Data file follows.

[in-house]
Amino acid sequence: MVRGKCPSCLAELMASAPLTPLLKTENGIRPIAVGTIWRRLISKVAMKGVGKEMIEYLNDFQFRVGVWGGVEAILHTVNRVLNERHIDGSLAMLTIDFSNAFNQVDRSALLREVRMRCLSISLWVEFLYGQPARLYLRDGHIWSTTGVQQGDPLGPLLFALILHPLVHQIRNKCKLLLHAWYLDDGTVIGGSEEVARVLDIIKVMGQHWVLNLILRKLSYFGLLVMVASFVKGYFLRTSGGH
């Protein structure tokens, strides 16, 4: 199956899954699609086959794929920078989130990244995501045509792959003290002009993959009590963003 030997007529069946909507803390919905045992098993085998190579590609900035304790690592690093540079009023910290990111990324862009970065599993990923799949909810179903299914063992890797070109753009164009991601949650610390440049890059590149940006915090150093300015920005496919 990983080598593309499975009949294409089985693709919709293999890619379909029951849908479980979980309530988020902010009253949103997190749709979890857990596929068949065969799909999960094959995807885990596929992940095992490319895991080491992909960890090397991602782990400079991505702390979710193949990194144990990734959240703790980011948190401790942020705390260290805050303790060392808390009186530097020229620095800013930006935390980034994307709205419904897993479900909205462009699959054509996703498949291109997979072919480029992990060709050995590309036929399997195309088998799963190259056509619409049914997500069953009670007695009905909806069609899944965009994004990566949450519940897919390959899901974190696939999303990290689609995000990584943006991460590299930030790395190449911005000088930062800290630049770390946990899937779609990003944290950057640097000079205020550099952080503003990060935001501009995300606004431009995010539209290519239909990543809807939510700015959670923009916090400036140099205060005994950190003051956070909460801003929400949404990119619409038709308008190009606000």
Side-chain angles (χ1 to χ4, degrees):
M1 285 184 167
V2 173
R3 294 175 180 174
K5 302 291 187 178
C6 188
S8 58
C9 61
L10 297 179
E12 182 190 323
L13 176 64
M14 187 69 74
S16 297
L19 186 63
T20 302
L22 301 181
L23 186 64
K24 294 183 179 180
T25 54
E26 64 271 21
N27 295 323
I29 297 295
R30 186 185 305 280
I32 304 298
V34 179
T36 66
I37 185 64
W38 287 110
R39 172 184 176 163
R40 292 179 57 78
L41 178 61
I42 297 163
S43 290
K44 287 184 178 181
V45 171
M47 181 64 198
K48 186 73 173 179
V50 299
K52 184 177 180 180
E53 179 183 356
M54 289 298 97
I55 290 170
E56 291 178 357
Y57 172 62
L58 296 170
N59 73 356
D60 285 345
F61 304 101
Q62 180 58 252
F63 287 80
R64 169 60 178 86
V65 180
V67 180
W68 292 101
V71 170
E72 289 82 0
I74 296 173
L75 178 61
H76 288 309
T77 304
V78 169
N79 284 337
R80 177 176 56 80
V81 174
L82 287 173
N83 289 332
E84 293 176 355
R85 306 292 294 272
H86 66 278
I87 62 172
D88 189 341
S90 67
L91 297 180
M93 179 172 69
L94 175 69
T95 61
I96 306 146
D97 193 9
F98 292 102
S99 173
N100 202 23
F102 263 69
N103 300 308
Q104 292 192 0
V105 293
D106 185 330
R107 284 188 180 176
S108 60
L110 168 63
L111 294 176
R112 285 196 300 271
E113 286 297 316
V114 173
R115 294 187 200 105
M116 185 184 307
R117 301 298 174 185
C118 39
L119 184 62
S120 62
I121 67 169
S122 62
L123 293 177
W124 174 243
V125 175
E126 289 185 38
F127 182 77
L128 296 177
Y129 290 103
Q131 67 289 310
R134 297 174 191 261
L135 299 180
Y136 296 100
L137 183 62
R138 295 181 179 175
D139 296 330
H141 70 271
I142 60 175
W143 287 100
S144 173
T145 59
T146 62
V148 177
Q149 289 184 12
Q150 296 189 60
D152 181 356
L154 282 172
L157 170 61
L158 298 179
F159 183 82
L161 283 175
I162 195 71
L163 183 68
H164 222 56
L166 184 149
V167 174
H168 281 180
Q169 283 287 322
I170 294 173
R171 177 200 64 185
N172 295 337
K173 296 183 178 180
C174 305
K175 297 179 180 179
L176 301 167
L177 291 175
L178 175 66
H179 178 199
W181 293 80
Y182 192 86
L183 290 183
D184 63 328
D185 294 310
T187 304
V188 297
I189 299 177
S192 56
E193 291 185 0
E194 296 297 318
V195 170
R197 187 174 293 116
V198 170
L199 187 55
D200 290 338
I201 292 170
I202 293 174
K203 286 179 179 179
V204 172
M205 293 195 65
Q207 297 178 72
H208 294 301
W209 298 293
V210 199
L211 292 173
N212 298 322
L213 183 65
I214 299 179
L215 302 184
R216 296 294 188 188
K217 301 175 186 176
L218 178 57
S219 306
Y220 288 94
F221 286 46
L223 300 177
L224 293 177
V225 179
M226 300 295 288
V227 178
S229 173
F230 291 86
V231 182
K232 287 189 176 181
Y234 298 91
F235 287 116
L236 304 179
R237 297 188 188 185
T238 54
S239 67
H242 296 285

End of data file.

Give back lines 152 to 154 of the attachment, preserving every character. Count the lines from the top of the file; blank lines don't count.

Y182 192 86
L183 290 183
D184 63 328